A de-latching mechanism, such as embodiment 300, provides several advantages. In general, it is relatively easy to assemble or troubleshoot, which reduces manufacturing costs for a transceiver module. In addition, in an environment in which smaller size is desirable, this particular embodiment is relatively compact. As the previous discussion illustrates, the embodiment operates in a type of rotation-to-rotation movement since bail lever 310 pivots to engage actuator 320 so that actuator 320 rotates. Other mechanisms that employ linear motion, therefore, may not be as compact. Furthermore, this double-type lever operation for this embodiment is such that a relatively small force applied to pivot the bail lever may produce a relatively larger force applied to flex the latching finger or latching projection of a cage or other receptacle. Likewise, it should now be appreciated that the angles of movement by the extending projection of the bail lever and the seesaw actuator may be adjusted depending at least in part upon the particular embodiment so that the ratio of the force applied to the force realized is a desirable one for the particular situation.
It is also noted that embodiment 1000 also employs a spring 1080, such as illustrated in connection with other embodiments, such as 100, 200, and 300. For these embodiments, a spring, such as 1080, for example, operates to retain a bail lever in place if the bail lever is in a vertical position or neutral position in which it is not being pivoted away from the module housing and, therefore, is not in direct physical contact with an actuator. Likewise, grooves, such as 1010, for example, are oval shaped. Therefore, the spring provides flexing in this direction so that there is additional tolerance; however, as the lever is pivoted more and more off of a vertical position, groove 1010, for example, provides less additional tolerance.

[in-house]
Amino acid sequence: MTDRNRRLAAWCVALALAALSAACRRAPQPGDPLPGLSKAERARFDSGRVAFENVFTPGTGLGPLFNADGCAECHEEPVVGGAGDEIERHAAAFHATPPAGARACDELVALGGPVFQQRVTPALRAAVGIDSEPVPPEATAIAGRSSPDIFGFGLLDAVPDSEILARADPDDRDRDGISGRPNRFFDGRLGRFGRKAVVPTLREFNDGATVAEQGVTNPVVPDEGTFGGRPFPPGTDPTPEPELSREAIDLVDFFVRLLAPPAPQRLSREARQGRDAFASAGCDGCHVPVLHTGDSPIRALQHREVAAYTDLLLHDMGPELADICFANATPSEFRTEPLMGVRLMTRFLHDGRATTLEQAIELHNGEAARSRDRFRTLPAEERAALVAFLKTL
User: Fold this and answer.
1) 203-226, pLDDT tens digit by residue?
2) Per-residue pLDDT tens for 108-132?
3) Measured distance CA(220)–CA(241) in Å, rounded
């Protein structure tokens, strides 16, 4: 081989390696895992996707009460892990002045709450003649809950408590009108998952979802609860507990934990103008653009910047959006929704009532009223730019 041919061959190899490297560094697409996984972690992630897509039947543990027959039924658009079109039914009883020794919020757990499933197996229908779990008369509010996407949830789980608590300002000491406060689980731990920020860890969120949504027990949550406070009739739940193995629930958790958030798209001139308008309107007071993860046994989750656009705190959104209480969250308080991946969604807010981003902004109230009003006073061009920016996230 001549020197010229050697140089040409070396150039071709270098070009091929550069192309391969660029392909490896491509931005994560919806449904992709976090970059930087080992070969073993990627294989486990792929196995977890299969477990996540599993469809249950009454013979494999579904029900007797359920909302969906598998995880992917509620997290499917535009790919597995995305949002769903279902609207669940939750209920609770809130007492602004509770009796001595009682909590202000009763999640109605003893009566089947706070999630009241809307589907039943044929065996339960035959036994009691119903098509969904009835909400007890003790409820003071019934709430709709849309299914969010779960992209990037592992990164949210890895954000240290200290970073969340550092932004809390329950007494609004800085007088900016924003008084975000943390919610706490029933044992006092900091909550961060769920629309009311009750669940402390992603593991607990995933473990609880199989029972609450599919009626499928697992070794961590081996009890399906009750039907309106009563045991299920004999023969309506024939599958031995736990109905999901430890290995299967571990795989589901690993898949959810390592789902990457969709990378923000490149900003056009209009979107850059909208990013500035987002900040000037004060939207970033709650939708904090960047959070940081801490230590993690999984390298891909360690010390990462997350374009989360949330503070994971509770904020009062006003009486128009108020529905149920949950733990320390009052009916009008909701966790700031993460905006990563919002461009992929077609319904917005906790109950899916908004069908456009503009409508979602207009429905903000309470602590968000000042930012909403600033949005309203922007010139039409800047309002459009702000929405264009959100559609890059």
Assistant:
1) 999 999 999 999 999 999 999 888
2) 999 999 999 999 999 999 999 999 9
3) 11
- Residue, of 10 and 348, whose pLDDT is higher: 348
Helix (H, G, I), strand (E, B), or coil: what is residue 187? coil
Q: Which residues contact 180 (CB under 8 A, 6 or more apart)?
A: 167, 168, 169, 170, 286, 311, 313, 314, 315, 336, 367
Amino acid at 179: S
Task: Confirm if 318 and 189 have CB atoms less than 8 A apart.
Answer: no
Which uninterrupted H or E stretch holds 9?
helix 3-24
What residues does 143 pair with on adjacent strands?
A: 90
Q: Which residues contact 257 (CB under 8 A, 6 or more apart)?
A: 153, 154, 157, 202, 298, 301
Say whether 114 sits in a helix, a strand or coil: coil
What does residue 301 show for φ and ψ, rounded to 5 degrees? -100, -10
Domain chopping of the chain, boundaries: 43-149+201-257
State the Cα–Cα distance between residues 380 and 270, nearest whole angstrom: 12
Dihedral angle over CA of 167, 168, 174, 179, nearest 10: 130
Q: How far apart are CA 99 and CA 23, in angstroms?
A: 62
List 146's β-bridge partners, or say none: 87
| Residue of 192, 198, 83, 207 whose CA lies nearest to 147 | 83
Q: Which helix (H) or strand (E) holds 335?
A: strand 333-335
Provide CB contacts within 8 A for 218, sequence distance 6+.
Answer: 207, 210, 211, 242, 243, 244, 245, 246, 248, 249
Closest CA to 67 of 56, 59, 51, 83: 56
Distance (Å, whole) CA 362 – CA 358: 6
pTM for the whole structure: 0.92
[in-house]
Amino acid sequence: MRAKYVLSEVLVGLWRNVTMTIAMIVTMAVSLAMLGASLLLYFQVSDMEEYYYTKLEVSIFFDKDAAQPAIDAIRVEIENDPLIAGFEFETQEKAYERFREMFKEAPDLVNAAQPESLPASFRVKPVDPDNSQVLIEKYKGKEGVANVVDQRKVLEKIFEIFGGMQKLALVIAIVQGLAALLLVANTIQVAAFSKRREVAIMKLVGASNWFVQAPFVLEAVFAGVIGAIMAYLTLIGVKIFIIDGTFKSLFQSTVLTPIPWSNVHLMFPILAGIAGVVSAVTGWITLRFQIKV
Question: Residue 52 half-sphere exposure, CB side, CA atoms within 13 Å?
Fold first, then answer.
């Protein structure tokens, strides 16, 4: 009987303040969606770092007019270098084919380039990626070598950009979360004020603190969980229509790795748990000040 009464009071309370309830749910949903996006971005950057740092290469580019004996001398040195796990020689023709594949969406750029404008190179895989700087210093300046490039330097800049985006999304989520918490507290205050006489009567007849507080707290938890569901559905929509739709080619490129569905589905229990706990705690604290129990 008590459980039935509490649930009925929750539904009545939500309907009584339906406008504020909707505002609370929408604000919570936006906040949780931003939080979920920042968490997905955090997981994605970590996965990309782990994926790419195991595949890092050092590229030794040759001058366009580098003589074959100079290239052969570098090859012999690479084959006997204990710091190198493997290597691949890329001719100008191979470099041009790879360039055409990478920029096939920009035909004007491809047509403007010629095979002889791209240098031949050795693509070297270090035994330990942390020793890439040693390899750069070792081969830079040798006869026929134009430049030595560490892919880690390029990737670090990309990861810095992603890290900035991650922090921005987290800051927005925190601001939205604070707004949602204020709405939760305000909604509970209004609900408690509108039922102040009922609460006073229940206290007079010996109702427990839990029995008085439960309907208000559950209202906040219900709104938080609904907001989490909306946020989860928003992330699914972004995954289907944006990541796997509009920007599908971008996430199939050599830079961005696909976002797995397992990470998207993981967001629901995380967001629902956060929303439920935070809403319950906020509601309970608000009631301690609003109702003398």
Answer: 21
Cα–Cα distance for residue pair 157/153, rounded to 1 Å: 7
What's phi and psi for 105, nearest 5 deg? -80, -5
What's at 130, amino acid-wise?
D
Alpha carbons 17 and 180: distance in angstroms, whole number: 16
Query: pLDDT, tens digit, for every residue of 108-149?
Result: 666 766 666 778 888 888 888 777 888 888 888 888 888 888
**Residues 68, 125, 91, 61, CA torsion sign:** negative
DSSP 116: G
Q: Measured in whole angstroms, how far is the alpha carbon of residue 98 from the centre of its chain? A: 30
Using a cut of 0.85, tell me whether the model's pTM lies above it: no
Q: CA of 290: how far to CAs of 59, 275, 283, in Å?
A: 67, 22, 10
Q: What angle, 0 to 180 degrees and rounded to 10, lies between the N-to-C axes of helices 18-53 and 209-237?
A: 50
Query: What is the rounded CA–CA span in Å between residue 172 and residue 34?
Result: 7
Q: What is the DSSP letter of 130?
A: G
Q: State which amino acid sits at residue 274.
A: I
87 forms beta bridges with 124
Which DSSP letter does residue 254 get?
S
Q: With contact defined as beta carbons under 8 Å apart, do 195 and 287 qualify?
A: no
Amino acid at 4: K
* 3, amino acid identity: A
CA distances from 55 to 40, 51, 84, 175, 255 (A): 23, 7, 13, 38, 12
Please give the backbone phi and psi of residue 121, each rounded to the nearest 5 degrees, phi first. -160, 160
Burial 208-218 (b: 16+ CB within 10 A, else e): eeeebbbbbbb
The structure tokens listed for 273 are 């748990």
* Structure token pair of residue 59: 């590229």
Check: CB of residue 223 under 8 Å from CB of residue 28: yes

A transceiver module embodiment that employs the particular feature just described is believed to provide several advantages. This approach should result in smoother action during pivoting of the bail lever. Likewise, that may reduce wear and tear on the bail lever itself. Likewise, as suggested above, employing a spring to provide flexing in a vertical direction also tends to hold the bail lever in place in the vertical position. Therefore, the lever is solidly in place, which may, for example, potentially reduce rattling or other undesired effects if the lever were looser.